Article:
Oppenheimer (TV series)

Oppenheimer is a biographical miniseries in seven parts about J. Robert Oppenheimer, produced by the BBC. It was broadcast in the United Kingdom between 29 October and 10 December 1980, and in the United States from 11 May 1982 as a component of PBS' Masterpiece Theatre.[1] The series stars Sam Waterston as Oppenheimer.

Oppenheimer
GenreBiopic
Written byPeter Prince
Directed byBarry Davis
StarringSam Waterston
Edward Hardwicke
David Suchet
Narrated byJohn Carson
ComposerCarl Davis
Country of originUnited Kingdom
Original languageEnglish
No. of series1
No. of episodes7
Production
Executive producerPeter Goodchild
ProducerRuth Caleb (associate)
CinematographyRodney Taylor
EditorTariq Anwar
Running time7 x 60 minutes
Release
Original networkBBC
Original release29 October (1980-10-29) –
10 December 1980 (1980-12-10)

Plot synopsisEdit

The series depicts Oppenheimer's wartime role as head of the weapons laboratory of the Manhattan Project, during which he was under constant surveillance by the federal government because of his association with Communists. It culminates in a U.S. Atomic Energy Commission hearing in 1954, in which Oppenheimer is stripped of his security clearance.

CastEdit

ReceptionEdit

Television critic John J. O'Connor wrote in The New York Times that Oppenheimer was "persuasively" played by Waterston, and that "the production is primarily interested in telling, quite absorbingly, one of the more puzzling and indeed astonishing stories of contemporary American history.[2] Baltimore Sun TV critic Bill Carter called it "never less than a fascinating portrait of a truly fascinating man." while criticizing a "choppy production technique that makes much of the film seem rather raw."[3]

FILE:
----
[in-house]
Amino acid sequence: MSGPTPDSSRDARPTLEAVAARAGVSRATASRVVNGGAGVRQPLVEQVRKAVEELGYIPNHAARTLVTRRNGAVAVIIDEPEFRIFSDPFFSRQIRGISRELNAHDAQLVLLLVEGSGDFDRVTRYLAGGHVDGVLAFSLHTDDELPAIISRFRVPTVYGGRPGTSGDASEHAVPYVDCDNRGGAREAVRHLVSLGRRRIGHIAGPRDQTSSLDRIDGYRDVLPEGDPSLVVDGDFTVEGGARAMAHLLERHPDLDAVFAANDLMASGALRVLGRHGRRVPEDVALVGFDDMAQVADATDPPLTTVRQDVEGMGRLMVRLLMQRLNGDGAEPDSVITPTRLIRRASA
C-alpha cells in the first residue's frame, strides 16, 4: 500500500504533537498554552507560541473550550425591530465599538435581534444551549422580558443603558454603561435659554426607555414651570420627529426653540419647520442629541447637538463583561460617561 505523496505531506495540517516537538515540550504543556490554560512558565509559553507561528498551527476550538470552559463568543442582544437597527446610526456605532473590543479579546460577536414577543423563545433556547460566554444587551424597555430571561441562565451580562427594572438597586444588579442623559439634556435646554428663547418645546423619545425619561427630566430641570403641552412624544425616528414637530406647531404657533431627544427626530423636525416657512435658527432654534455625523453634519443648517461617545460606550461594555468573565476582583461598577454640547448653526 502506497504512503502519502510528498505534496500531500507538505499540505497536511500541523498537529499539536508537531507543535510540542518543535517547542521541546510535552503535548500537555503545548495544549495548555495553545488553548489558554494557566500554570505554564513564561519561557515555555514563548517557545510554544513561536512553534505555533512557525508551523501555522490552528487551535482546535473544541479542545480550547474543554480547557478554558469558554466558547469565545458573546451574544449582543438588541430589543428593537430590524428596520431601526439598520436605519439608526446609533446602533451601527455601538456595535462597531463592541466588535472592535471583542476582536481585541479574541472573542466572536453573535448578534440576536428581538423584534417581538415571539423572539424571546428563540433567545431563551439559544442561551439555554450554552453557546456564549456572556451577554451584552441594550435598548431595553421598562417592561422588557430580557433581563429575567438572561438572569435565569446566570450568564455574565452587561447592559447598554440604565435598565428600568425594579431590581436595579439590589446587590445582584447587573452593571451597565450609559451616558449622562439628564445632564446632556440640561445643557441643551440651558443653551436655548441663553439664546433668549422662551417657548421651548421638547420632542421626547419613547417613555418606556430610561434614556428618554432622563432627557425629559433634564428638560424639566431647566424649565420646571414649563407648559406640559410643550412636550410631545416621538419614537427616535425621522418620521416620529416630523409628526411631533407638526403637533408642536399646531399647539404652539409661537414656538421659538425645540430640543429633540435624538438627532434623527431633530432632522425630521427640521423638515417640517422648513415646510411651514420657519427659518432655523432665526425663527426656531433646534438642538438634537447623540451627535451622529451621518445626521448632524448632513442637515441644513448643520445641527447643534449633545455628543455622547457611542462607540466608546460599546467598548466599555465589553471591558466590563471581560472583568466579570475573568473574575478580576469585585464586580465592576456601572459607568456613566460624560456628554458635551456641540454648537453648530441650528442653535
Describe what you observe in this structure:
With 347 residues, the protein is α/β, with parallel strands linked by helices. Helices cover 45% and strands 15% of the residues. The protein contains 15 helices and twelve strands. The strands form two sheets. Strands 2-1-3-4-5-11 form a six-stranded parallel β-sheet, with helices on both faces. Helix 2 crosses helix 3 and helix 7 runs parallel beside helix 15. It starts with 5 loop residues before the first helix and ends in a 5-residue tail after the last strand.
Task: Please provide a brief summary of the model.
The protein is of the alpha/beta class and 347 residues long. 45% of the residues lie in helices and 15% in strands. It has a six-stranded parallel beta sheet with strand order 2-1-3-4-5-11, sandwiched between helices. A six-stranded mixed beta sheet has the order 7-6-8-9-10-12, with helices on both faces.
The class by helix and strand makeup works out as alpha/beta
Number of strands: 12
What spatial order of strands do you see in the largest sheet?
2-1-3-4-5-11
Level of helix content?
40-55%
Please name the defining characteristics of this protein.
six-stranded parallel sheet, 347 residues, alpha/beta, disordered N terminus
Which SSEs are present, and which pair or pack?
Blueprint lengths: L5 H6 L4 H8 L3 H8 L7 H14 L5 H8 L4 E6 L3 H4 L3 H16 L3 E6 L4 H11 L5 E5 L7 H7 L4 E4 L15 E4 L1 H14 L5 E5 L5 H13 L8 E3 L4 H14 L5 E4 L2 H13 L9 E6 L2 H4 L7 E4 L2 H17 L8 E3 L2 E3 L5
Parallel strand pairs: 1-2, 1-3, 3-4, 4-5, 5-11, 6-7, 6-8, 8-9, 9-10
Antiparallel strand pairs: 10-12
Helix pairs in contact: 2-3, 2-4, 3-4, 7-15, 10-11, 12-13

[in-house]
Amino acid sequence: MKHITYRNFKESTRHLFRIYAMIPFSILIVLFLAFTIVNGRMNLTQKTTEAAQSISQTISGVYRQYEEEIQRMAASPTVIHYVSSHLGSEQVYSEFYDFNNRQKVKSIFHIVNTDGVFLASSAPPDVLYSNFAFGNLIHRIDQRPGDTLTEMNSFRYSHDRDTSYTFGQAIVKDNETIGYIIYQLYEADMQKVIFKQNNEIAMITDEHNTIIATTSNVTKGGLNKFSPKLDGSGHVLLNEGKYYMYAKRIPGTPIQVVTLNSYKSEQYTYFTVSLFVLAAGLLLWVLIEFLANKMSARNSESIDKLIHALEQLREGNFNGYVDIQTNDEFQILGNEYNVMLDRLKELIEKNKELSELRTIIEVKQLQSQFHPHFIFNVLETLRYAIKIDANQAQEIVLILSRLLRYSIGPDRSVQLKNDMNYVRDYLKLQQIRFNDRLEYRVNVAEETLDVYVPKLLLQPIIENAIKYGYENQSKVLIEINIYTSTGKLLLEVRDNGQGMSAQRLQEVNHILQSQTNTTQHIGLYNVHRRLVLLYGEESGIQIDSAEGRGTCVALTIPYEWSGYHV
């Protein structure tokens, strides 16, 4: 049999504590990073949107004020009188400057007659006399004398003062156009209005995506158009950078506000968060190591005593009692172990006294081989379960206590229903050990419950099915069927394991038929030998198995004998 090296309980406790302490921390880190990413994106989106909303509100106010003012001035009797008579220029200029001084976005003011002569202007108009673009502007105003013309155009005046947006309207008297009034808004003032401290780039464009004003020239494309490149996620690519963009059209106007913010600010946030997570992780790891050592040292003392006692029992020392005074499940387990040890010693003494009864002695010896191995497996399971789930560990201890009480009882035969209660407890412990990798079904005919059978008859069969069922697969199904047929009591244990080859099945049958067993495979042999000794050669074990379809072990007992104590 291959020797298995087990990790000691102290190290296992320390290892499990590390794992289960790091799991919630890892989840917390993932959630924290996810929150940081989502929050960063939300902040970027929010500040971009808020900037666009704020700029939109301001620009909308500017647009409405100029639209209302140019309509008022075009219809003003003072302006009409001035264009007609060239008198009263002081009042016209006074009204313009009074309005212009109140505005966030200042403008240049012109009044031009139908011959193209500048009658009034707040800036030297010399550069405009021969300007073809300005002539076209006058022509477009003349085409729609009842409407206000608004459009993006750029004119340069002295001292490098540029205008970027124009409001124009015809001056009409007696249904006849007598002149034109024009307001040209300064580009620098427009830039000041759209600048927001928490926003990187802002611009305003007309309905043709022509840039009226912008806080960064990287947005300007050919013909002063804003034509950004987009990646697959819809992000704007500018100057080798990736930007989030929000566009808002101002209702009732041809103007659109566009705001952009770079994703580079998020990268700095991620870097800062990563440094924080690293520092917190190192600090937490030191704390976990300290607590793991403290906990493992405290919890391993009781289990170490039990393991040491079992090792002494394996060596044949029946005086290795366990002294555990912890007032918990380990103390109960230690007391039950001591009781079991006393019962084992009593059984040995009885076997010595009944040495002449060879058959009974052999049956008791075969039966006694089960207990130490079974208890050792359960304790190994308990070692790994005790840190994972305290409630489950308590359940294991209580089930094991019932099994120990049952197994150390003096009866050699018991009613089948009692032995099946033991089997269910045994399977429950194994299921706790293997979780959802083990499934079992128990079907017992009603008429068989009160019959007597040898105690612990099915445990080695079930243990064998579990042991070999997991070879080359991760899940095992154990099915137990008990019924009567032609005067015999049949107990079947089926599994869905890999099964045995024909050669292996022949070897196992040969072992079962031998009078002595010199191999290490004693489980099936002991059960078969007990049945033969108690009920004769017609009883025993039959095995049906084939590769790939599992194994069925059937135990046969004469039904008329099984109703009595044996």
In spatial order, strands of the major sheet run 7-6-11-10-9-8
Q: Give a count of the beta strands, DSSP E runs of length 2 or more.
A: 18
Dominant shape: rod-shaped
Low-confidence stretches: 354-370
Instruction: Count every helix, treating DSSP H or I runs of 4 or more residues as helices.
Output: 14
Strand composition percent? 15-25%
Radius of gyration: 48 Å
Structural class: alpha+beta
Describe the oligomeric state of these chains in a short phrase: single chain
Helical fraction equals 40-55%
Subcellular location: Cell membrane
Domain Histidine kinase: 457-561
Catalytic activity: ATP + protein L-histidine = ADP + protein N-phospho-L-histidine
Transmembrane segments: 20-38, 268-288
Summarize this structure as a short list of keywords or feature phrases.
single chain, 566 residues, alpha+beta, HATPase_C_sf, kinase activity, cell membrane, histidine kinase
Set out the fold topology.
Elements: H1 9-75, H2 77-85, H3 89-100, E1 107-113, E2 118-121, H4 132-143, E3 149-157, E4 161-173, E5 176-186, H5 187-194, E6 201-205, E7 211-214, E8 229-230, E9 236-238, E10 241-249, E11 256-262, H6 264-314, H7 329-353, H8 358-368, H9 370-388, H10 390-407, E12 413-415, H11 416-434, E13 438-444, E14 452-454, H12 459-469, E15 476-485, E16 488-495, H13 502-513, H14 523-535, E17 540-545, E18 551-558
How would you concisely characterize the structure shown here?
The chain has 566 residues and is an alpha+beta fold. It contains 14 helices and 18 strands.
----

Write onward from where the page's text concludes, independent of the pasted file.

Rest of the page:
The series was nominated for seven BAFTA Television Awards and won three (Best Drama Series/Serial, Best Film Editor (Tariq Anwar), and Best Original Television Music (Carl Davis)). It was nominated for two Emmy Awards, for Outstanding Limited Series and for Outstanding Writing in a Limited Series or a Special (Peter Prince). It was nominated for a Golden Globe Award for Best Performance by an Actor in a Mini-Series or Motion Picture Made for TV (Sam Waterston).[4]

Major General Kenneth Nichols disputed his portrayal in the series, saying that it "portrayed me serving as a personal aide to Groves on frequent visits to Los Alamos," when he only did so once.[5]


ReferencesEdit

  1. ^ TV Guide: Oppenheimer. Retrieved 2022-04-09
  2. ^ O'Connor, John J. (13 May 1984). "CRITICS' CHOICES". The New York Times. ISSN 0362-4331. Retrieved 1 December 2021.
  3. ^ Carter, Bill (11 May 1982). "Intriguing PBS Look at 'Oppenheimer'". The Baltimore Sun. pp. C4. Retrieved 25 January 2022 – via Newspapers.com.
  4. ^ IMDB awards page
  5. ^ The Road to Trinity: A Personal Account of How America’s Nuclear Policies Were Made by Kenneth D. Nichols (1987, Morrow, New York) ISBN 068806910X

External linksEdit